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Your location: Home > Related Articles > Stanford’s AI can use satellite images to locate risk areas and provide assistance for the upcoming wildfire season

Stanford’s AI can use satellite images to locate risk areas and provide assistance for the upcoming wildfire season

Author:QINSUN Released in:2024-01 Click:34

The current method for testing the sensitivity of forests and shrubs to wildfires is to manually collect branches and leaves, and test their moisture content. This method is accurate and reliable, but it is clearly quite labor-intensive and difficult to scale. Fortunately, researchers have access to other sources of data. The Sentinel and Land satellites of the European Space Agency have accumulated a large amount of Earth's surface images, and after careful analysis, they can provide a second source for assessing wildfire risks.

This is not the first attempt to make such observations from orbit images, but previous work mainly relied on visual measurements of "extremely specific locations", which means that the analysis methods vary greatly depending on the location, making it difficult to scale up. The advanced technology utilized by the Stanford team is the Synthetic Aperture Radar (SAR) of the Sentinel satellite, which can penetrate forest shade and image the surface below.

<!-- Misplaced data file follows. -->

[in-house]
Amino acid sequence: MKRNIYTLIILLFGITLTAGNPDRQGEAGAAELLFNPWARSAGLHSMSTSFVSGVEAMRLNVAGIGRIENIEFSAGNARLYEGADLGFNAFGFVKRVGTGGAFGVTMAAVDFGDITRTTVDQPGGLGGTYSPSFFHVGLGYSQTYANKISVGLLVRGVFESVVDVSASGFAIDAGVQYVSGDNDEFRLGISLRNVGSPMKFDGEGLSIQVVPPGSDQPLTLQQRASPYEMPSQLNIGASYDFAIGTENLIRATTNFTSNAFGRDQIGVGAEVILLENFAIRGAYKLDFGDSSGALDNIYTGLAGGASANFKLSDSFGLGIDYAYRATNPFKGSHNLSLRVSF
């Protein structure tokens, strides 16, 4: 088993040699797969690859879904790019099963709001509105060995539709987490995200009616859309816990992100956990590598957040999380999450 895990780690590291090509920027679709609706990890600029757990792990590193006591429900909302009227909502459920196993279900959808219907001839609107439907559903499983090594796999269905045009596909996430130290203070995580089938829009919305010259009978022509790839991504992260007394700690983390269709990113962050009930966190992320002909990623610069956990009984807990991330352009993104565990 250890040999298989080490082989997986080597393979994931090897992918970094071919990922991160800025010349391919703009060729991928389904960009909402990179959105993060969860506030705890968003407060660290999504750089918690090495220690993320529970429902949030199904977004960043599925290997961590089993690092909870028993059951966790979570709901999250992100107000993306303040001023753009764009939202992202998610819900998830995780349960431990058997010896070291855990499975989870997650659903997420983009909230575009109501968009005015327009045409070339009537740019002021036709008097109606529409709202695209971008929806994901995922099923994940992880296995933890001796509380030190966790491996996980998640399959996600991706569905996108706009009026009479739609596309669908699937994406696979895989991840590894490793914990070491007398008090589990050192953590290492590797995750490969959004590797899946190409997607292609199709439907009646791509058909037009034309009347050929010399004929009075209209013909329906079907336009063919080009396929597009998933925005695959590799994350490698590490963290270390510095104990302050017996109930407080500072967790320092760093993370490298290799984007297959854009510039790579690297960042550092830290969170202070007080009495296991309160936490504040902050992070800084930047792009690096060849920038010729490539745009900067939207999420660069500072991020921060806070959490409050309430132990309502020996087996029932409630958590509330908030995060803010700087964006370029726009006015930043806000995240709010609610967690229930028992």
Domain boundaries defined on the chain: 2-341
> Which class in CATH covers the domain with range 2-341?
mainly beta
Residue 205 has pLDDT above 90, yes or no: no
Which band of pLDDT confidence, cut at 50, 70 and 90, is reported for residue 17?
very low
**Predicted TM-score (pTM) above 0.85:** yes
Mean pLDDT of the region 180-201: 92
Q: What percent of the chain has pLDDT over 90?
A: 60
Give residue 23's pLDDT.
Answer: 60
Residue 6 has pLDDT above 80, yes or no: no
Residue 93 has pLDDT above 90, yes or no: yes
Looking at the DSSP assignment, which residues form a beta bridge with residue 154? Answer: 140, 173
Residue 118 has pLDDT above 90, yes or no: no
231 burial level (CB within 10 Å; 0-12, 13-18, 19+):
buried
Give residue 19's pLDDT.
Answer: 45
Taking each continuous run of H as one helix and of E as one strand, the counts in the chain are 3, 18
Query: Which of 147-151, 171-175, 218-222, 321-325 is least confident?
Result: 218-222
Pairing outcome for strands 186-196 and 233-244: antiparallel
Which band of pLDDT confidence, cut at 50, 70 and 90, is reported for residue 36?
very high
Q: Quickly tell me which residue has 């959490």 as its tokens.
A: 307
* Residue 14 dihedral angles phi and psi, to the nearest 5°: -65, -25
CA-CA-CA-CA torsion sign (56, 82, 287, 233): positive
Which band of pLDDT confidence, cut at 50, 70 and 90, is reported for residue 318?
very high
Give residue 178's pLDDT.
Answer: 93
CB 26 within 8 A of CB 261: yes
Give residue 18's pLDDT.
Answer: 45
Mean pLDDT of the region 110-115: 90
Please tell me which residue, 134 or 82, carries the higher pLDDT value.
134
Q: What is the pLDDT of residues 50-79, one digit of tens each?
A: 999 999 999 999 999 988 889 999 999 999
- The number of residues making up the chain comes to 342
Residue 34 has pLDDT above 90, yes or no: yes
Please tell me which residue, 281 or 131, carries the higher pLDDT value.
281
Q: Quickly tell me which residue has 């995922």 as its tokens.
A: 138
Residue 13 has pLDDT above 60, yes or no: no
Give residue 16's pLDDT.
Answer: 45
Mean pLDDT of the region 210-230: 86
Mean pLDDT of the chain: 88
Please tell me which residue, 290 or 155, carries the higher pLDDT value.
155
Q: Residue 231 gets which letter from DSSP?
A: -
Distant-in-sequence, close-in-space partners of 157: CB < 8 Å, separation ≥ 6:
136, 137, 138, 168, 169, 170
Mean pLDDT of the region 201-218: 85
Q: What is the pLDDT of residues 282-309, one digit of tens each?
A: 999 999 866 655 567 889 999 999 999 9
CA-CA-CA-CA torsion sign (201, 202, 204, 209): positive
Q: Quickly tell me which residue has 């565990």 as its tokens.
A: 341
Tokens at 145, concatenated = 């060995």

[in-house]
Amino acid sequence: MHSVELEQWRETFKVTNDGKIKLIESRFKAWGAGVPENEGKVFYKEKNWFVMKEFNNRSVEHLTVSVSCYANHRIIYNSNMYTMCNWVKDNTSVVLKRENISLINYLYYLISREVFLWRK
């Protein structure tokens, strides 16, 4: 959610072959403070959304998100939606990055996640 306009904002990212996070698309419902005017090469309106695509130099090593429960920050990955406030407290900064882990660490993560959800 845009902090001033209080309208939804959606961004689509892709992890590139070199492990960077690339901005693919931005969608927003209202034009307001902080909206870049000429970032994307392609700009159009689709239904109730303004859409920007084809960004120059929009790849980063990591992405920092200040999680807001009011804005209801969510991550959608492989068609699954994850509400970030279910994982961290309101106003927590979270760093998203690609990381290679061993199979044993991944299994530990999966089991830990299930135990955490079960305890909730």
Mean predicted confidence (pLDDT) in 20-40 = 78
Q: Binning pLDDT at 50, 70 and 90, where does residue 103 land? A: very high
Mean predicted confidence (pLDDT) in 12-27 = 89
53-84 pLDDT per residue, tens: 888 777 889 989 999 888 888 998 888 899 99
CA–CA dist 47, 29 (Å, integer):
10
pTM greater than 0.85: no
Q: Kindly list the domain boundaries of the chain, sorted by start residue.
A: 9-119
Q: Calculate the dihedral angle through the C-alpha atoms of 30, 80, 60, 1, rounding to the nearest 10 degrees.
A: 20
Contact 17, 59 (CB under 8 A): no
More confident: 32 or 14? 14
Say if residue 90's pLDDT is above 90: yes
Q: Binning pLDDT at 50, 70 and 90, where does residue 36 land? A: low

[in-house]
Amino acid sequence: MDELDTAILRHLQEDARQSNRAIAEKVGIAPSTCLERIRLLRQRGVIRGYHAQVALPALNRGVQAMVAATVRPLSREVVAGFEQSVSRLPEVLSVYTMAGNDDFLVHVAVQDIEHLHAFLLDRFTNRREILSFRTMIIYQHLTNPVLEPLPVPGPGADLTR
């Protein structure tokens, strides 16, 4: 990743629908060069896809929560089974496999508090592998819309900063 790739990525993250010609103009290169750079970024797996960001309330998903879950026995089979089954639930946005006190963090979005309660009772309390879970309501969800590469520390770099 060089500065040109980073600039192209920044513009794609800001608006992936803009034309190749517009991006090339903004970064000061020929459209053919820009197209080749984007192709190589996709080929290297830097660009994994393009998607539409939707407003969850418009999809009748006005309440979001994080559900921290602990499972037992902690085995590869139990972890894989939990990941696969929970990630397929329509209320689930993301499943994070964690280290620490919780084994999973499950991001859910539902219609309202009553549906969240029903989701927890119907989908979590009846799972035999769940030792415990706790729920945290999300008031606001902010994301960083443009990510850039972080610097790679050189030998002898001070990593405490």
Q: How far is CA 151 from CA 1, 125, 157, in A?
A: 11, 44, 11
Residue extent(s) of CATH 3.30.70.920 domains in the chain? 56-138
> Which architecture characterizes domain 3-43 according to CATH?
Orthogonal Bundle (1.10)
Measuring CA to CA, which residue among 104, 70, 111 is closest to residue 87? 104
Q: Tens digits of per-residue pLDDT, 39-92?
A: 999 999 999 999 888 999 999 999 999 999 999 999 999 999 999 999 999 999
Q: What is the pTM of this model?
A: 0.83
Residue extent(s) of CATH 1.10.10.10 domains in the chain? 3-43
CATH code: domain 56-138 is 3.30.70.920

"One of our major breakthroughs was studying a set of newer satellites that use much longer wavelengths, making the observation results much more sensitive to moisture in the depths of forest shade, directly representing fuel moisture content," said senior author and Stanford ecologist Alexandra Konings in a press release.

The team "fed back" these regularly collected new images since 2016 to a machine learning model along with manual measurements from the US Forestry Administration. This allows the model to "learn" which specific features in the image are associated with ground measurement data. Then, they tested the generated artificial intelligence to make predictions based on old data. It is accurate and accurate in predicting one of the common biological communities in the western United States, as well as one of the easily affected biological communities by wildfires in shrublands.

You can see the results of this project on this interactive map, which shows the model's drought prediction for different periods in the western United States. This is a validation of this method for firefighters - but the same model, after providing new data, can make predictions for the upcoming wildfire season, which can help relevant departments make more decisions in controlling combustion, hazardous areas, and safety warnings.

The research findings of scientists are published in the journal Remote Sensing of Environment.